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Johann Walter, Kantor

Today we read a biographical excerpt about Walter and an excerpt from one of Walter’s poems, both printed in Johann Walter: First Cantor of the Lutheran Church.

Introduction

Johann Walter agreed with Luther that music is a gift from God that can be used to glorify Him. A composer in addition to a kantor, Walter wrote the poem below, “In Praise of the Noble Art of Music.” We thank God for giving us the gift of music that we may use it to sing praises to Him.

Devotional Reading

Johann Walter (1496–1570) occupies a unique position in the musical history of the Reformation. As the first Lutheran Cantor, as friend and advisor to Martin Luther, and as a composer of a wide variety of liturgical music for the needs of the Reformation church and its Latin schools, he occupies a pivotal position at the beginning of the development of Lutheran church music, a development which was to culminate in a singular way—some two hundred years later—in the music of Johann Sebastian Bach. . . .

While Walter cannot be counted among the first-rank composers of history, yet he was a master of the contrapuntal technique of his day, particularly the use of canonic devices. He was the first to use Luther’s translation of the Bible in the vernacular in his music. His approach was thoroughly liturgical and he composed church music in which the chorale was at the center of the great majority of his works. . . . His work was clearly related to the theology of the church and his understanding—which he derived from Luther—that the role of music in the church was to proclaim the Word, rather than to interpret it. . . .

In Walter’s work one can see early intimations of the two directions in which Lutheran church music would proceed in the coming decades. These two directions were the development of the polyphonic motet style and, simultaneously, the development of the simpler homophonic cantional style. In setting Lutheran church music on these two paths, both of them closely tied to the chorale, Walter provided a bearing which was to continue to guide the work of those Lutheran composers who were to follow him.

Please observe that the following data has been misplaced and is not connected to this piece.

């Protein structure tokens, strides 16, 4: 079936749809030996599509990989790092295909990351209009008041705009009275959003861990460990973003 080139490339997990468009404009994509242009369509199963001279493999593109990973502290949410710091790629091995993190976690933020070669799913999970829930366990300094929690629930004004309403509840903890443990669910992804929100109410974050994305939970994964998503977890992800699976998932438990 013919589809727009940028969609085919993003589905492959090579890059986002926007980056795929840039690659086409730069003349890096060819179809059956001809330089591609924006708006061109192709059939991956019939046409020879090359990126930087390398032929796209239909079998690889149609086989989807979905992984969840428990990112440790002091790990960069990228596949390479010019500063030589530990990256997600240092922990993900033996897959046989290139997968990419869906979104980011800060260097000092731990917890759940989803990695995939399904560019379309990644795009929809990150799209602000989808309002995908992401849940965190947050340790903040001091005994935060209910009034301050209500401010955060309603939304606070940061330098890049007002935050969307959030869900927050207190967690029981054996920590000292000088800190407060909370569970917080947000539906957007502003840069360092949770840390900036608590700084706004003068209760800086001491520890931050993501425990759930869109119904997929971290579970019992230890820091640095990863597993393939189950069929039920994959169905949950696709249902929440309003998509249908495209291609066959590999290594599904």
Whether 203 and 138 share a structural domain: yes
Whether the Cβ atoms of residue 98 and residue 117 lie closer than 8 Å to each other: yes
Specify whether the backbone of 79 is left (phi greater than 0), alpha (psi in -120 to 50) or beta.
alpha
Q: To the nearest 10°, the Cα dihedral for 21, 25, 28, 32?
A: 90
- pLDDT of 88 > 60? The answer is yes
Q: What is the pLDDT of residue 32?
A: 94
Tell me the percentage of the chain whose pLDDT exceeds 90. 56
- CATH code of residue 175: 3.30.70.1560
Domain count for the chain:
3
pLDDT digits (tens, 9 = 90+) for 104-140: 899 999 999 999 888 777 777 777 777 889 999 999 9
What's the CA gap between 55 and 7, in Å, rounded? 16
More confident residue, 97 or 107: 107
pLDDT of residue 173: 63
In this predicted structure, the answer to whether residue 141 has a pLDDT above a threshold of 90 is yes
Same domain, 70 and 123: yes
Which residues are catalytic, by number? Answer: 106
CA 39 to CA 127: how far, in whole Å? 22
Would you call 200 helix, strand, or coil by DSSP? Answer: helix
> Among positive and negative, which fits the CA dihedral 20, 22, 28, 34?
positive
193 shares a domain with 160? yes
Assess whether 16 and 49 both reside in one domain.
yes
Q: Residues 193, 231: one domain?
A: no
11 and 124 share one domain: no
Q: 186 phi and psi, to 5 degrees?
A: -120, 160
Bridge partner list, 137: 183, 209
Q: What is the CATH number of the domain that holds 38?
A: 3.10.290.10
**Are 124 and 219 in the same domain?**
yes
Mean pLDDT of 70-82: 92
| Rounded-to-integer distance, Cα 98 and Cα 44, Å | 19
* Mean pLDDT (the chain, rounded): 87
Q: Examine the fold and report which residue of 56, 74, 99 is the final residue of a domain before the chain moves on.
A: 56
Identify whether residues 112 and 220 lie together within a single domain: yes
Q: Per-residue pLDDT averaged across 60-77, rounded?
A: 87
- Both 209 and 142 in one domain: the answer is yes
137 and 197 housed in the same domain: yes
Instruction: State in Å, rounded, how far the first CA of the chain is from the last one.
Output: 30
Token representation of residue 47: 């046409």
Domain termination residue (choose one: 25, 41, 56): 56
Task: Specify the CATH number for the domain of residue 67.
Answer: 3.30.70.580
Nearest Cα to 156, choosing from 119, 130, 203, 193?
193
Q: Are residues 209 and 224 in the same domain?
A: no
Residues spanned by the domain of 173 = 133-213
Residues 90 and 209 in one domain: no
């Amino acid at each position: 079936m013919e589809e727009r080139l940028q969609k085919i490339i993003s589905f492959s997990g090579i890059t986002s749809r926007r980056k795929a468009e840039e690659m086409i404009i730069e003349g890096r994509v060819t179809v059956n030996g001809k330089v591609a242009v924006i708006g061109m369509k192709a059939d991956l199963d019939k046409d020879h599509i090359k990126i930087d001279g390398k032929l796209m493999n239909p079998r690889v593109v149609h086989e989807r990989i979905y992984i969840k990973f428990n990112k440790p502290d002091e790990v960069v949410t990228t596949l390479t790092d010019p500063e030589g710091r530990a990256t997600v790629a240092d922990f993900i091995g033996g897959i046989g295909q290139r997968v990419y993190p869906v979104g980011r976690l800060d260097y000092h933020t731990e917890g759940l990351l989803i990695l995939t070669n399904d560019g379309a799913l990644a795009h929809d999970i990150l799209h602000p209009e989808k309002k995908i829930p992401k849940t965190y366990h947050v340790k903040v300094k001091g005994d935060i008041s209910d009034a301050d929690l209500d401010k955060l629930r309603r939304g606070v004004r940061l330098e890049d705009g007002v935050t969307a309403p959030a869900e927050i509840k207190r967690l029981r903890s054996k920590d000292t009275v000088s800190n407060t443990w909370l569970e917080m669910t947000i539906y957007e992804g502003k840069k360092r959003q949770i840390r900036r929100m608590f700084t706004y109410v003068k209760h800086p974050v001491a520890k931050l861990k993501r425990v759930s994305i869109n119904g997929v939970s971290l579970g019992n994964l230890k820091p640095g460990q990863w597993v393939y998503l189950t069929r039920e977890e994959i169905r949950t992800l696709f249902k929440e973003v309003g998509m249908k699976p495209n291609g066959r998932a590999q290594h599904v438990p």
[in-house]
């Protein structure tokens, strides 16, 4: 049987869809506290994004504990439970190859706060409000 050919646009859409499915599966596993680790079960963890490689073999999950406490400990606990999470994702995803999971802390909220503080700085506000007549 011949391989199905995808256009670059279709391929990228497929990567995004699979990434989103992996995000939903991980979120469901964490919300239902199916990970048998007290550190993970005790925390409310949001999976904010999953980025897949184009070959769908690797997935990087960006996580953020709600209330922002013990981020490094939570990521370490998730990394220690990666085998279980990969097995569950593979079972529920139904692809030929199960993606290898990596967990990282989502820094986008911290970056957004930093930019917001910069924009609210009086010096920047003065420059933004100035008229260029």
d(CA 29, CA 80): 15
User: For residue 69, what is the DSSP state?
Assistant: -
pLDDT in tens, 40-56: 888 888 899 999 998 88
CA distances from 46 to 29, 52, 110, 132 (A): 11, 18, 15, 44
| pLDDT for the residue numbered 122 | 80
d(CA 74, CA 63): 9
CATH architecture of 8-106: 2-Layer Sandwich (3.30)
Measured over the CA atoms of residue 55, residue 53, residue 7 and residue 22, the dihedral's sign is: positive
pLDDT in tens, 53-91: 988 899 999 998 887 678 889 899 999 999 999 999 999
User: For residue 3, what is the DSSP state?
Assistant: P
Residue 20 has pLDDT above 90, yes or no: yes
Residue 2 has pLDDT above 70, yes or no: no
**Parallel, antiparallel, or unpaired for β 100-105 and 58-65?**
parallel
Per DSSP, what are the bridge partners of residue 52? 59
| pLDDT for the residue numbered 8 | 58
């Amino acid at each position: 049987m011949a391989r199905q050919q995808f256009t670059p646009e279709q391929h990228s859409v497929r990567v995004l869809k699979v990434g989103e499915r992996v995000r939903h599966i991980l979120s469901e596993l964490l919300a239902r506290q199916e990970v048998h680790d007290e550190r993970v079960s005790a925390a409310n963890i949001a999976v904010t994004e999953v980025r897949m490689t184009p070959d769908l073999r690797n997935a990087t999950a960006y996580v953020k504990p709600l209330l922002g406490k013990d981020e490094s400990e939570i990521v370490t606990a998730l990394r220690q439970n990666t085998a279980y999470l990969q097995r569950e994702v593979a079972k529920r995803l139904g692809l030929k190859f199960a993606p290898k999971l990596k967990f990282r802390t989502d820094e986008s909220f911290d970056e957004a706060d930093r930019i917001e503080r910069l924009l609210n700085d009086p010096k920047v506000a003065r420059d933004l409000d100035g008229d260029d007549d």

Poem

God for His Gospel oft employs
                The art of music’s joyful noise.
The Apostles teach with clarity
                What music’s use and goal should be.
By singing psalms and hymns and songs
                God’s people should do what belongs
To glad instruction of each other
                Or admonition of a brother.
What’s taught by song and harmony
                Must flow from true sincerity.
We must teach well our lips the art
                Of praising God with faithful heart.
Does music not accompany
                God’s Word and prayer and liturgy?
What gift most pleases God above?
                Our praise that glories in His love.

Devotional reading and poem are from Johann Walter: First Cantor of the Lutheran Church, pages 3, 13, 19–20 © 1992 Concordia Publishing House. All rights reserved.

Hymn

Hymn tune by Johann Walter and Ludwig Daser. Video © 2016 Concordia Publishing House.

 

Written by

Anna Johnson

Deaconess Anna Johnson is a marketing manager at Concordia Publishing House. After graduating from the deaconess program at Concordia University Chicago, she continued her studies at the University of Colorado—Denver in education and human development. She has worked as a church youth director and served a variety of other nonprofit organizations, such as the Lutheran Mission Society of Maryland. Anna loves playing video games and drinking a hot cup of tea almost as much as she loves her cat and her husband.

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